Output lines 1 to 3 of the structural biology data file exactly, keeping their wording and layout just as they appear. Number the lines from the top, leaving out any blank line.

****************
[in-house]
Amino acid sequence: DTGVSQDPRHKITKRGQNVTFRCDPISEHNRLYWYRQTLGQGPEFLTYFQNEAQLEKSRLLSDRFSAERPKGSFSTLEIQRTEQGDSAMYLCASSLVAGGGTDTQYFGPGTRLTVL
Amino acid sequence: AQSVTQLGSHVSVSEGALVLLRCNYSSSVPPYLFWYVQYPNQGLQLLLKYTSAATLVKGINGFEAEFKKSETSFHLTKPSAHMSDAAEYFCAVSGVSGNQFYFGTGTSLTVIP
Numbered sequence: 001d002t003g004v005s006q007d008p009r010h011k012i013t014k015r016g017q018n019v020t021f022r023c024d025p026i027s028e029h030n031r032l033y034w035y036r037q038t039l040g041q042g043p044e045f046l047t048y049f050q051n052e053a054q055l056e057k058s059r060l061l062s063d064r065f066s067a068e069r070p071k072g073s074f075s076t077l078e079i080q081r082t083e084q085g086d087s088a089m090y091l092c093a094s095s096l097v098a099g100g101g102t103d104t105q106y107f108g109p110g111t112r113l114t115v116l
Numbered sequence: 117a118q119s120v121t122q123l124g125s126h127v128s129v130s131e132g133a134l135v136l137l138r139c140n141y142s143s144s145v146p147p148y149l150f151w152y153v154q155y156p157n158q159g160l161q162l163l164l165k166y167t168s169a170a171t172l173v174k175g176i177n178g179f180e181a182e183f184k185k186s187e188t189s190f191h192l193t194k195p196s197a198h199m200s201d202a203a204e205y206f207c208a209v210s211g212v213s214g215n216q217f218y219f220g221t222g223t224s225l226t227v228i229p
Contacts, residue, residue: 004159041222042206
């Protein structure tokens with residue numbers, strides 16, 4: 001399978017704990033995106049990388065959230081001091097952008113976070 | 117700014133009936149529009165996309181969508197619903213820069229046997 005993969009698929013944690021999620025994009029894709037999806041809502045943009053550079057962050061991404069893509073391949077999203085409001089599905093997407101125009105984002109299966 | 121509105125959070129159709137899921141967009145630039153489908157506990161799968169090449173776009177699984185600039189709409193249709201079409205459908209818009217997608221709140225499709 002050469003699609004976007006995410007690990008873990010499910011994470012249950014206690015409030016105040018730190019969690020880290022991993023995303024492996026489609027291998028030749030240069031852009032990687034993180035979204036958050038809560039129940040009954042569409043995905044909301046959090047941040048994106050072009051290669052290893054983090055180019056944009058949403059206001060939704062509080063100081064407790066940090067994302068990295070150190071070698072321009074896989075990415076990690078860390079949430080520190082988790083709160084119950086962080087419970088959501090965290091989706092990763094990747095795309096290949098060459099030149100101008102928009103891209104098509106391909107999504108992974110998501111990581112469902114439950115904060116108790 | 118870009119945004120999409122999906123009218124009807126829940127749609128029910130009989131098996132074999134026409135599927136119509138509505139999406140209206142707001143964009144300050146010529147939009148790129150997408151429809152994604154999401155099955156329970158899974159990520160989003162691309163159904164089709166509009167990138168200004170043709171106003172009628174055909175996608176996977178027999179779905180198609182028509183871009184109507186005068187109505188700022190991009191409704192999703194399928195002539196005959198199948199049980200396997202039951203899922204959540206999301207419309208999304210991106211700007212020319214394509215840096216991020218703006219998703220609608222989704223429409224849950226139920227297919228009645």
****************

[in-house]
Amino acid sequence: DTGVSQDPRHKITKRGQNVTFRCDPISEHNRLYWYRQTLGQGPEFLTYFQNEAQLEKSRLLSDRFSAERPKGSFSTLEIQRTEQGDSAMYLCASSLVAGGGTDTQYFGPGTRLTVL
Amino acid sequence: AQSVTQLGSHVSVSEGALVLLRCNYSSSVPPYLFWYVQYPNQGLQLLLKYTSAATLVKGINGFEAEFKKSETSFHLTKPSAHMSDAAEYFCAVSGVSGNQFYFGTGTSLTVIP